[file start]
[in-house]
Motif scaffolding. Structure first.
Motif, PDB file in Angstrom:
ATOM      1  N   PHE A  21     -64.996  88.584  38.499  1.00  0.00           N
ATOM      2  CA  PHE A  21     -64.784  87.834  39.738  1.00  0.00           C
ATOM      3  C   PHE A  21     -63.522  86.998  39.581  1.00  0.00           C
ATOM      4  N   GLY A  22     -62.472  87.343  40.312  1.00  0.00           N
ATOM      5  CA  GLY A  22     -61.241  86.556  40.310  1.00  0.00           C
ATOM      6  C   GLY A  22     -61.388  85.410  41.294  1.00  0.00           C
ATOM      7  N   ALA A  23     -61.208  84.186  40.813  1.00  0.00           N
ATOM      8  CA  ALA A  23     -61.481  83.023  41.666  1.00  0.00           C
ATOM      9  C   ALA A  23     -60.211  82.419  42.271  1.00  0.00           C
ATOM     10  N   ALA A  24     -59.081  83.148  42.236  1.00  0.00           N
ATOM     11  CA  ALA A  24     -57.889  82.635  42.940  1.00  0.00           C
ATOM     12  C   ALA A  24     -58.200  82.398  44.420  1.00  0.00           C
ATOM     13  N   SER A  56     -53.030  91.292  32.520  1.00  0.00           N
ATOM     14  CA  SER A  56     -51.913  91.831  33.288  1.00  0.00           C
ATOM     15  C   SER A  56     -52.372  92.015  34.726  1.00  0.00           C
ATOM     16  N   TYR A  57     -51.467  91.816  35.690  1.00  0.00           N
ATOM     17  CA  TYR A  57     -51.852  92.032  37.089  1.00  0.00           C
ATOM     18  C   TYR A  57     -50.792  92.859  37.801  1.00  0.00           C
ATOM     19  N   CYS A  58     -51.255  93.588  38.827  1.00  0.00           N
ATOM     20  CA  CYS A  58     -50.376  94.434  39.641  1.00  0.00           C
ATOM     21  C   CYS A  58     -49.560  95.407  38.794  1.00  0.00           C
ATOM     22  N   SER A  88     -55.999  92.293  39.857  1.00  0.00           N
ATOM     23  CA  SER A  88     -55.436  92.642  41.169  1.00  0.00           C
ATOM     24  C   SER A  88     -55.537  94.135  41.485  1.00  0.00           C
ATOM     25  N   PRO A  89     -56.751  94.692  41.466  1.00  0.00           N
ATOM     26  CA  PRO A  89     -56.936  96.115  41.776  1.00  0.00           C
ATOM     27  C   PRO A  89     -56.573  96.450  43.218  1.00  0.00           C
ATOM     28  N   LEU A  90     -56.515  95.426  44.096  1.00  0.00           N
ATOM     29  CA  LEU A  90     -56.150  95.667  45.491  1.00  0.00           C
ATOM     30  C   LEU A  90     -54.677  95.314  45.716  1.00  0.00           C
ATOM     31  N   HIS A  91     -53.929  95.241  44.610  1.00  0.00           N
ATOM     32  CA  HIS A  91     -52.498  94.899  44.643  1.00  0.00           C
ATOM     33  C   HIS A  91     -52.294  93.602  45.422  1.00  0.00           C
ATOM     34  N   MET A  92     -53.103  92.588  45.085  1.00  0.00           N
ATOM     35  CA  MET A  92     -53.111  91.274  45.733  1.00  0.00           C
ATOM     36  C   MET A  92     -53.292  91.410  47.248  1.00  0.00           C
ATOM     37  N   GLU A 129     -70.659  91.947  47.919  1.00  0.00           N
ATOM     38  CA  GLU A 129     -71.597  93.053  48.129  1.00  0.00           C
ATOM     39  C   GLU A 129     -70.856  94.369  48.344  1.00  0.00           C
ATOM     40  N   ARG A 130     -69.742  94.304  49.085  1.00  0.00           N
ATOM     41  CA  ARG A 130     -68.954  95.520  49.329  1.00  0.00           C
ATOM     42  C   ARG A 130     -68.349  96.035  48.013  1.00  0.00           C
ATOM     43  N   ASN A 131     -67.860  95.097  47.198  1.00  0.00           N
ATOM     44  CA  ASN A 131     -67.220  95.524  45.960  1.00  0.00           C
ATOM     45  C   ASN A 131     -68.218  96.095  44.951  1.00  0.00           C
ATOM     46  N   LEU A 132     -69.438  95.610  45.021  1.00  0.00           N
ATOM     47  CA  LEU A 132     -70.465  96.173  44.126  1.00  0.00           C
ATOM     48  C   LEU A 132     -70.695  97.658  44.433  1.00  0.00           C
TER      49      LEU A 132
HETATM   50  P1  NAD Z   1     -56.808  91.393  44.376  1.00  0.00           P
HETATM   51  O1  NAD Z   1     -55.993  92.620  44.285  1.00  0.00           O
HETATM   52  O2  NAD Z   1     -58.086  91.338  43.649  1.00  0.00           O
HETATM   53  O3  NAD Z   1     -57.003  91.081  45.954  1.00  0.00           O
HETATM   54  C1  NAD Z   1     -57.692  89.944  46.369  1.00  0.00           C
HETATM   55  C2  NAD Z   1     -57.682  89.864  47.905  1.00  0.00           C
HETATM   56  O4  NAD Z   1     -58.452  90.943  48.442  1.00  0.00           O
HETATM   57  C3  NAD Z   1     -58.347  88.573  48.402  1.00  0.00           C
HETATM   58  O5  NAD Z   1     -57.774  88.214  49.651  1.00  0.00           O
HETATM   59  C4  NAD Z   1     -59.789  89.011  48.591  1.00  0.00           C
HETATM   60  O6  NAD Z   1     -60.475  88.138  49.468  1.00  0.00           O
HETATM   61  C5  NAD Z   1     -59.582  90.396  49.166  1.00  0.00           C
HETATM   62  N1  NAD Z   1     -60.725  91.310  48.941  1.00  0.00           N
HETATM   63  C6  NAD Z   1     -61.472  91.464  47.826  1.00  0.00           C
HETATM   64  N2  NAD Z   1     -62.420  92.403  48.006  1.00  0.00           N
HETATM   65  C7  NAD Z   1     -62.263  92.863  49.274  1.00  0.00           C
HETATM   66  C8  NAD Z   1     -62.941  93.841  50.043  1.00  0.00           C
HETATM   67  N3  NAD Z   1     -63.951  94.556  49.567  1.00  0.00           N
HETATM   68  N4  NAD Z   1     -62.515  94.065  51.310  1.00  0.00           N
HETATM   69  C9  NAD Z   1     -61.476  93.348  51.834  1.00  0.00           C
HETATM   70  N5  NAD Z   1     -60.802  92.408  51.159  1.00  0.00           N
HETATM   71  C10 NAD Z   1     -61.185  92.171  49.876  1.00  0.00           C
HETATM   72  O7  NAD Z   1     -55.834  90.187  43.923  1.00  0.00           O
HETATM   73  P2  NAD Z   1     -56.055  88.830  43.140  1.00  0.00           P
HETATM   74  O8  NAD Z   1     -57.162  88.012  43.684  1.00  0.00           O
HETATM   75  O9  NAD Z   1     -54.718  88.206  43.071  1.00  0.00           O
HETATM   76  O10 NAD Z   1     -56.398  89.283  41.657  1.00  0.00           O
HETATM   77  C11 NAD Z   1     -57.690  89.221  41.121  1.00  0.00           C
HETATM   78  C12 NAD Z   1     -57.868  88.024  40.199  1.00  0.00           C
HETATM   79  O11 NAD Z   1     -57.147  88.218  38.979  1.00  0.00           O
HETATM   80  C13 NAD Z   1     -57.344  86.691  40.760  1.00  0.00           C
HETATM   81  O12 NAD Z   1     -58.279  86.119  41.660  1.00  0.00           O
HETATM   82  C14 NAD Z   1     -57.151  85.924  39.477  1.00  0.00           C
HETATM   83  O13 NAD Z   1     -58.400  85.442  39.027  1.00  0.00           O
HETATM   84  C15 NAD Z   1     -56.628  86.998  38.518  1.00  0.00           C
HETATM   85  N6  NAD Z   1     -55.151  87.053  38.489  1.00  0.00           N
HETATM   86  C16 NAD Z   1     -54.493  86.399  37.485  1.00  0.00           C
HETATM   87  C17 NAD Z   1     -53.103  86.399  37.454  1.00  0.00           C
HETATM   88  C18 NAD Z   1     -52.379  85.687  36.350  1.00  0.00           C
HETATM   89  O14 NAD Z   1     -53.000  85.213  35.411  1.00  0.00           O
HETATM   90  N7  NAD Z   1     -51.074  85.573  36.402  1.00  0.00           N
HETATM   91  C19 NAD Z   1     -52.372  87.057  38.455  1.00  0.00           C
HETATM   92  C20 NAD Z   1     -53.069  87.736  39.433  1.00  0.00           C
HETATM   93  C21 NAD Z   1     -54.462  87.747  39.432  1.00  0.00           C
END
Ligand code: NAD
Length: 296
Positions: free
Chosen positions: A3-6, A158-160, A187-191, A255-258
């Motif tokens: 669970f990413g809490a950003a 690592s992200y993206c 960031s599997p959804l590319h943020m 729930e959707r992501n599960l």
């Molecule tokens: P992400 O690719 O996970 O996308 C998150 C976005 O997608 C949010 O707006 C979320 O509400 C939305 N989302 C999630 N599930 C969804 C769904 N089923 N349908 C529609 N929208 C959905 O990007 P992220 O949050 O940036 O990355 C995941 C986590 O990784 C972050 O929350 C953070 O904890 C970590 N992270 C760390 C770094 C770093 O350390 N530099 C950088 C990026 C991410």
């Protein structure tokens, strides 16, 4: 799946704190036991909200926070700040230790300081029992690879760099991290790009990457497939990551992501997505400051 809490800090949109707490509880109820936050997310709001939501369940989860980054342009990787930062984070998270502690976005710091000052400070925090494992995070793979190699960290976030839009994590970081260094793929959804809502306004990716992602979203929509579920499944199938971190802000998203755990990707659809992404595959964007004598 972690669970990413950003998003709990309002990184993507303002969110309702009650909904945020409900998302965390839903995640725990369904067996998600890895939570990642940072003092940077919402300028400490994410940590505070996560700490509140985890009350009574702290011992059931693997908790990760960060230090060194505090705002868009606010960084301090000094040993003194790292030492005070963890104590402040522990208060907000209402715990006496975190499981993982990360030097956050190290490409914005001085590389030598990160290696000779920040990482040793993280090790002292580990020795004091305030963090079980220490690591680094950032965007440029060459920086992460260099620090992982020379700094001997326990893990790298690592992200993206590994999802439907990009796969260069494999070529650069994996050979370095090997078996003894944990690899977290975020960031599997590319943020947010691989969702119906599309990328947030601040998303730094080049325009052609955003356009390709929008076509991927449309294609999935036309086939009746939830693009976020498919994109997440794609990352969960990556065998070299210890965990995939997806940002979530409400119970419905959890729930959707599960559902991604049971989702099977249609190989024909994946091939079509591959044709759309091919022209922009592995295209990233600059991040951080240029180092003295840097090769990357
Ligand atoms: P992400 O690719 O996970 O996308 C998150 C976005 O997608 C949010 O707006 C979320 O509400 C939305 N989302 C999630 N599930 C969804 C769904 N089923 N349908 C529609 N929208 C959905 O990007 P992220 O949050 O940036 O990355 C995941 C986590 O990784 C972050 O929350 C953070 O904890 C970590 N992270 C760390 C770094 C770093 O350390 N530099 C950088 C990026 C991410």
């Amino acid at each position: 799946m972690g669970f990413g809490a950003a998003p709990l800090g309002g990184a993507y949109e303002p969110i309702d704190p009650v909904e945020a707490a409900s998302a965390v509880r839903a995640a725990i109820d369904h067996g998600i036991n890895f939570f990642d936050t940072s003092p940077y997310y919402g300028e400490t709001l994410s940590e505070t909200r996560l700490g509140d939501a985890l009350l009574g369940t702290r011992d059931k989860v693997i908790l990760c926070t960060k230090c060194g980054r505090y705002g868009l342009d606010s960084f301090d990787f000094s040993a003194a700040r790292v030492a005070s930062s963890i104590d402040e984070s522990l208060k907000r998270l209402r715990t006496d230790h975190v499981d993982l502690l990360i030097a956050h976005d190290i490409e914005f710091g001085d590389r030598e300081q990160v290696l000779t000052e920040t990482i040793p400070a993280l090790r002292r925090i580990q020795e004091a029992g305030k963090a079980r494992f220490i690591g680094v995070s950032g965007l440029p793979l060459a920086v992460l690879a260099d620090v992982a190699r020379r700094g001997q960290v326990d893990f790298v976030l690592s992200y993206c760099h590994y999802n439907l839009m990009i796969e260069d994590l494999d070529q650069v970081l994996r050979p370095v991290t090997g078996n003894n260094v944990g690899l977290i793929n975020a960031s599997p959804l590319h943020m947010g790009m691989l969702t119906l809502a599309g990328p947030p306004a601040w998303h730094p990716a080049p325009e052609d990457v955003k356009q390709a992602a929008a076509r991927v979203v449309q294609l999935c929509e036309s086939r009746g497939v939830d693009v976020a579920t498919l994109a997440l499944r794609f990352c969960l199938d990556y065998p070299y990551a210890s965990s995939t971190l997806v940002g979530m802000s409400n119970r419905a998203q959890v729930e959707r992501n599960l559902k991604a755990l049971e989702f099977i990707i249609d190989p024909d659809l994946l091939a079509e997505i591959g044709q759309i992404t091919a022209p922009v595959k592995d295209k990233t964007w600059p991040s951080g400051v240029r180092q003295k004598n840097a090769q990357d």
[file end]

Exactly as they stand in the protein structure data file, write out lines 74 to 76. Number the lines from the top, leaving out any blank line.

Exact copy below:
HETATM   71  C10 NAD Z   1     -61.185  92.171  49.876  1.00  0.00           C
HETATM   72  O7  NAD Z   1     -55.834  90.187  43.923  1.00  0.00           O
HETATM   73  P2  NAD Z   1     -56.055  88.830  43.140  1.00  0.00           P